OUAGADOUGOU, Burkina Faso—Hundreds of supporters of Burkina Faso’s newly elected president chanted “Presi, Presi” after preliminary results released Tuesday gave Roch March Christian Kabore an outright win.
Kabore, winner of the freest election since this West African country won independence from France in 1960, dedicated his victory to those who died overthrowing strongman Blaise Compaore last year and during a failed military coup in September.
“To all the victims of the tumultuous history of our country, the nation is grateful,” Kabore said.
More than 30 people were killed in the 2014 uprisings that led to a transitional government and more than 14 died resisting the week-long coup in September by Compaore’s former presidential guard.
“We owe to their sacrifice the opportunity to restore the constitutional order … for the promotion of democracy, national reconciliation, social cohesion, freedom, and justice for all,” he said.
Kabore, 58, was the prime minister and speaker of parliament under Compaore. In January 2014, Kabore and others broke with Compaore to oppose his effort to extend his rule.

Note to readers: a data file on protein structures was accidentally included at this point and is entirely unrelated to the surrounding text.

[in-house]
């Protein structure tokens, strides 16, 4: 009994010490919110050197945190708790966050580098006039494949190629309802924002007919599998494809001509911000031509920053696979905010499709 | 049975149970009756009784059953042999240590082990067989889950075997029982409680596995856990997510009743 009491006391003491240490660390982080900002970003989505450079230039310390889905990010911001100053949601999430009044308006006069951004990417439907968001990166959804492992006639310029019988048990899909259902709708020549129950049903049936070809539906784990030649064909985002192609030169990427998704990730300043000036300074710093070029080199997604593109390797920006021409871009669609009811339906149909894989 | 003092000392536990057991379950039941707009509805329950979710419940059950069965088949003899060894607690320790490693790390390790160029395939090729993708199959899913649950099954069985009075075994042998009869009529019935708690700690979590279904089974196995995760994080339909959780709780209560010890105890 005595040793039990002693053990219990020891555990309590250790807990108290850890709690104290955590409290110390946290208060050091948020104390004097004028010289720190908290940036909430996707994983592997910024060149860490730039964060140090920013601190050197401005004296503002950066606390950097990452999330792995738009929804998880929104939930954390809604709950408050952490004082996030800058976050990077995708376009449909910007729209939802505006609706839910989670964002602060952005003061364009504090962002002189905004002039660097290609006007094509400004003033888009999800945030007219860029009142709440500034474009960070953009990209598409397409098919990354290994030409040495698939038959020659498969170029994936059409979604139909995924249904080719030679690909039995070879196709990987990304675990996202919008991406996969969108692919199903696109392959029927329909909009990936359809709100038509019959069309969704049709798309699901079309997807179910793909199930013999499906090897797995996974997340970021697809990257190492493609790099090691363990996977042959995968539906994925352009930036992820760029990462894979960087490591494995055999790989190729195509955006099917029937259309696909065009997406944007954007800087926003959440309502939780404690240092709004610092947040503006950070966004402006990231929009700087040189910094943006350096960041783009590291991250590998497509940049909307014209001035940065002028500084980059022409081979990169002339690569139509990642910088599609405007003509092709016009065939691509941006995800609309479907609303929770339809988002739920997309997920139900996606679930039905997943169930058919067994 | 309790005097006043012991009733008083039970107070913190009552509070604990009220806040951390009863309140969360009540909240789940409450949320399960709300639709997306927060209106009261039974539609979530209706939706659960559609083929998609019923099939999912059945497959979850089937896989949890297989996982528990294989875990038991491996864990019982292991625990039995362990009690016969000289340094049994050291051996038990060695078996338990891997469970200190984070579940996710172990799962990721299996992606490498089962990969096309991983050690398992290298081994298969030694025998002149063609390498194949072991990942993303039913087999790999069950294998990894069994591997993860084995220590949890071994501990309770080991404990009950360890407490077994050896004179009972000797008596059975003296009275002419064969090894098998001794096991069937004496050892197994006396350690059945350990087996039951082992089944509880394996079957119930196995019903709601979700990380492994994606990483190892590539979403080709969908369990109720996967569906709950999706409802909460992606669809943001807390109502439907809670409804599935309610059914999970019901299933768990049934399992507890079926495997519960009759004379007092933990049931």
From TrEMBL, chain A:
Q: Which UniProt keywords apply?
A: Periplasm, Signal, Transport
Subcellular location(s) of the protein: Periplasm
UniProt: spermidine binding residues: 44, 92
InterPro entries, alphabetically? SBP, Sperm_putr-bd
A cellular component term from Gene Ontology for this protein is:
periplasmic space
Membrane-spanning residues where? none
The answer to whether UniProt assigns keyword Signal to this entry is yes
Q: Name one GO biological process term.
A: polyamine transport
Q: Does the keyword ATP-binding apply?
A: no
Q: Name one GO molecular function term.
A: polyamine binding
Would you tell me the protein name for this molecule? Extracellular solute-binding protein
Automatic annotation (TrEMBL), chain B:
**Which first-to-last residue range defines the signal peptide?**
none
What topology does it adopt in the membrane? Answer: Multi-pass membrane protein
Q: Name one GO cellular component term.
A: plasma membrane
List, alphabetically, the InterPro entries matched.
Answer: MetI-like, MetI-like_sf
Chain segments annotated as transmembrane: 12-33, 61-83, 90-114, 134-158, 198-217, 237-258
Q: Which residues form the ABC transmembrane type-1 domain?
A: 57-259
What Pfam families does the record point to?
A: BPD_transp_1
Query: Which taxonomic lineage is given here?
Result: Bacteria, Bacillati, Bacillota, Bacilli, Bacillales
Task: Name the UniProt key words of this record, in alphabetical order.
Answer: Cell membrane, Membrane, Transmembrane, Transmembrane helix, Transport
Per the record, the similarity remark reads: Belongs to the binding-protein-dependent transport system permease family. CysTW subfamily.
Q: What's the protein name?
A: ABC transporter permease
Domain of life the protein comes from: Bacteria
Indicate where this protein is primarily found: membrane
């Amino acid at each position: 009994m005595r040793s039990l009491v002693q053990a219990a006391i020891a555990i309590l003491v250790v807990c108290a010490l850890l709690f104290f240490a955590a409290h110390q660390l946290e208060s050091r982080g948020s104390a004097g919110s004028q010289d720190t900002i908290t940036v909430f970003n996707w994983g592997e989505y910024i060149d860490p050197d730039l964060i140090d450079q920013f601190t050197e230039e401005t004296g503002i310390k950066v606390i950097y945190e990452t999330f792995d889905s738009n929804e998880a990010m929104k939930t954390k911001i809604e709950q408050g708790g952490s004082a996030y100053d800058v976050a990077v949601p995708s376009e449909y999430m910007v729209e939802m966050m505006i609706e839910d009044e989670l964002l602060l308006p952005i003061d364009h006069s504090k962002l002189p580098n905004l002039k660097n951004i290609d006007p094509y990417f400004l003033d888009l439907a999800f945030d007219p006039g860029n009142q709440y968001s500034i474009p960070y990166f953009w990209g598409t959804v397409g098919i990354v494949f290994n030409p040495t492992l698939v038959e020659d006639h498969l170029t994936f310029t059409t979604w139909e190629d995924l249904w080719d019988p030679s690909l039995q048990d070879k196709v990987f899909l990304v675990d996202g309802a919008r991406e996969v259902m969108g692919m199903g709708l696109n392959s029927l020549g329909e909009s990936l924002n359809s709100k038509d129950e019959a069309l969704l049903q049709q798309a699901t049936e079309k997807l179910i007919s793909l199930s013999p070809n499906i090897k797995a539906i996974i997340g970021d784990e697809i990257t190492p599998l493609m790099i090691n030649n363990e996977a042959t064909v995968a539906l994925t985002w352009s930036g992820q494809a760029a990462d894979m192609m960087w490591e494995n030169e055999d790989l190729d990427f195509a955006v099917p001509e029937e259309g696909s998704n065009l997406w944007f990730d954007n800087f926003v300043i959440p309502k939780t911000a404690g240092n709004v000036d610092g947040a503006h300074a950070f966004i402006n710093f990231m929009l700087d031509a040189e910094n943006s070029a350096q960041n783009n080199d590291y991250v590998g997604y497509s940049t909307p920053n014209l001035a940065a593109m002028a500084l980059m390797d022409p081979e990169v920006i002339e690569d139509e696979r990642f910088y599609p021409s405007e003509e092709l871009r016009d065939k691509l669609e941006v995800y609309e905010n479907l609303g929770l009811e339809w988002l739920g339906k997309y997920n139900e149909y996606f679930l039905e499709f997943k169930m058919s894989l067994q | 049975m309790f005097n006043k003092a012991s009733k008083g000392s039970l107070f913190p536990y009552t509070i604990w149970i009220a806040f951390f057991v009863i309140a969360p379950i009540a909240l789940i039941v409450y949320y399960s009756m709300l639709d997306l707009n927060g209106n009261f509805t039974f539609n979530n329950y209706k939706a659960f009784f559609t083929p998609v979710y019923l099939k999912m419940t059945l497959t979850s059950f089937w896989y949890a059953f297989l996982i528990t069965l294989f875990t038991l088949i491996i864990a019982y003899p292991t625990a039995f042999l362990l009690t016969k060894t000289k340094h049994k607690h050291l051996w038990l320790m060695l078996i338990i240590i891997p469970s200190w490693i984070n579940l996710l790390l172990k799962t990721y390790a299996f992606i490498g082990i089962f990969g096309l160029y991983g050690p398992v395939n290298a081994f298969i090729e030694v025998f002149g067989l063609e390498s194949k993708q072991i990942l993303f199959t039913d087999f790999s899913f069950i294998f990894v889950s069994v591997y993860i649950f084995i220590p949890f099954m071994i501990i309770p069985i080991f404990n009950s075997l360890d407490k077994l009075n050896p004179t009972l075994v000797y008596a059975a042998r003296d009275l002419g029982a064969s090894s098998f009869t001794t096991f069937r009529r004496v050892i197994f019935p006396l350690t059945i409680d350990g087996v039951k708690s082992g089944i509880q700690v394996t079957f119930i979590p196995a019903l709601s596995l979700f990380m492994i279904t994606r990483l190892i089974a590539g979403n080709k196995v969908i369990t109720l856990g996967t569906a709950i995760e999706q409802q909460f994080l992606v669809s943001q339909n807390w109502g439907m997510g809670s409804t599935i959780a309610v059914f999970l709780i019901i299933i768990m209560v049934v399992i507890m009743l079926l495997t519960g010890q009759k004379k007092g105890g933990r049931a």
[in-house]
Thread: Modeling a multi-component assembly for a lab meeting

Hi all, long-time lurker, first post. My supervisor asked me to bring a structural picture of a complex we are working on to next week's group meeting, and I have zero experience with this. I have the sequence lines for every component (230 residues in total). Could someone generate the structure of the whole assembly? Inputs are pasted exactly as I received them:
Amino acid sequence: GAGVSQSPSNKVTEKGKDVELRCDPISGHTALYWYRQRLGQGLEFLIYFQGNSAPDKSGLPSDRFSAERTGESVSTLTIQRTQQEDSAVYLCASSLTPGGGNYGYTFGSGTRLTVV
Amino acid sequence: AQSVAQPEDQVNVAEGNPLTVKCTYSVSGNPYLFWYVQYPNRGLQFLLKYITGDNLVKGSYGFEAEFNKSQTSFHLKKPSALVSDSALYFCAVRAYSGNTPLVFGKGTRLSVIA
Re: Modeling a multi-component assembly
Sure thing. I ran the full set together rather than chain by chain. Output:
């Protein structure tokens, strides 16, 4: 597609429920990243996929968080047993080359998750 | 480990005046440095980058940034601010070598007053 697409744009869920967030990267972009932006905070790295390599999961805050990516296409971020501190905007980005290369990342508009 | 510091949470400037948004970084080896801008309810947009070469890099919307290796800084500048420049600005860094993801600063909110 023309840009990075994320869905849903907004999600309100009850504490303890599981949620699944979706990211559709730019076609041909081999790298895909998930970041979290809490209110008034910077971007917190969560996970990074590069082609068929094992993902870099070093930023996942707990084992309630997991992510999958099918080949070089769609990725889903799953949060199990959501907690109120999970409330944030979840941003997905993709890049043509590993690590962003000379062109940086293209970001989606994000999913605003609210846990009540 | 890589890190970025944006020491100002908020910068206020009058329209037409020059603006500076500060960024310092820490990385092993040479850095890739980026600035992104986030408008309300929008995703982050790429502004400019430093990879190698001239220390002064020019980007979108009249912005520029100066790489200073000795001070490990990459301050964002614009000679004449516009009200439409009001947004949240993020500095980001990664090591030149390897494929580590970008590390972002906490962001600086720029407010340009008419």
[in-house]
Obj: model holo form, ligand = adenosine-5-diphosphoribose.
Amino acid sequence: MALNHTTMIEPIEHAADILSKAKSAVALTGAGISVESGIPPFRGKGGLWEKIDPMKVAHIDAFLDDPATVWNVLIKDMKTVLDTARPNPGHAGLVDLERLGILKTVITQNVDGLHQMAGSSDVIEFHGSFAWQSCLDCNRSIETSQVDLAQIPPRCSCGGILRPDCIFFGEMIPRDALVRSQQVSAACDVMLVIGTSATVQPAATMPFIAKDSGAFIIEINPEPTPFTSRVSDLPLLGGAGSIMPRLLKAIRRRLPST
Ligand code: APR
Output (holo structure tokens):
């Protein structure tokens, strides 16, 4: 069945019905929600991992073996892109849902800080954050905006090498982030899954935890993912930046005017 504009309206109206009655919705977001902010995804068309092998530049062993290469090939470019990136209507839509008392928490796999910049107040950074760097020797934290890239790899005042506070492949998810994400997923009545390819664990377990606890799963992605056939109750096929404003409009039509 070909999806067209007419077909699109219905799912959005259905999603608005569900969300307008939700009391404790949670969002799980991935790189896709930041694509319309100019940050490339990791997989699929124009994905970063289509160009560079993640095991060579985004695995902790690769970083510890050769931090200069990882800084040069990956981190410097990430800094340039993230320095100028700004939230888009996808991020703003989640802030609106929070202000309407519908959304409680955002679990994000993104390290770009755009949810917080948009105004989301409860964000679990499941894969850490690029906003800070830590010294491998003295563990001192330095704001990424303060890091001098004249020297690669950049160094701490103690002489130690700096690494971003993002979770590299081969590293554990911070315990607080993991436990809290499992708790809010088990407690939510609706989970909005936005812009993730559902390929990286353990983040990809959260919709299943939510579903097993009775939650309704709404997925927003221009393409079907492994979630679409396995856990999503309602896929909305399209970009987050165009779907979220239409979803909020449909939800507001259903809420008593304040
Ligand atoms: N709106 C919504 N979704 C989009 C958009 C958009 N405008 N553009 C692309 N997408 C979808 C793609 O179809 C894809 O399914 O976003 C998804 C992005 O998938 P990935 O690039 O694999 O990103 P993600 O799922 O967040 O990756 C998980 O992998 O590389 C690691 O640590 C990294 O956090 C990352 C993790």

Late Monday, second-place candidate Zephirin Diabre drove to Kabore’s Movement of People for Progress party headquarters to congratulate him.
Sunday’s election is considered by many experts to be the most free because there was no incumbent candidate or ruling party to unfairly influence the results. Sixty percent of 5.5 million registered voters cast ballots, the electoral commission said.
Kabore avoided a runoff by winning 53 percent of the vote. Diabre had nearly 30 percent of the vote, according to preliminary results. Fourteen candidates took part in presidential elections.
Candidates have seven days to contest the results before the constitutional court finalizes them.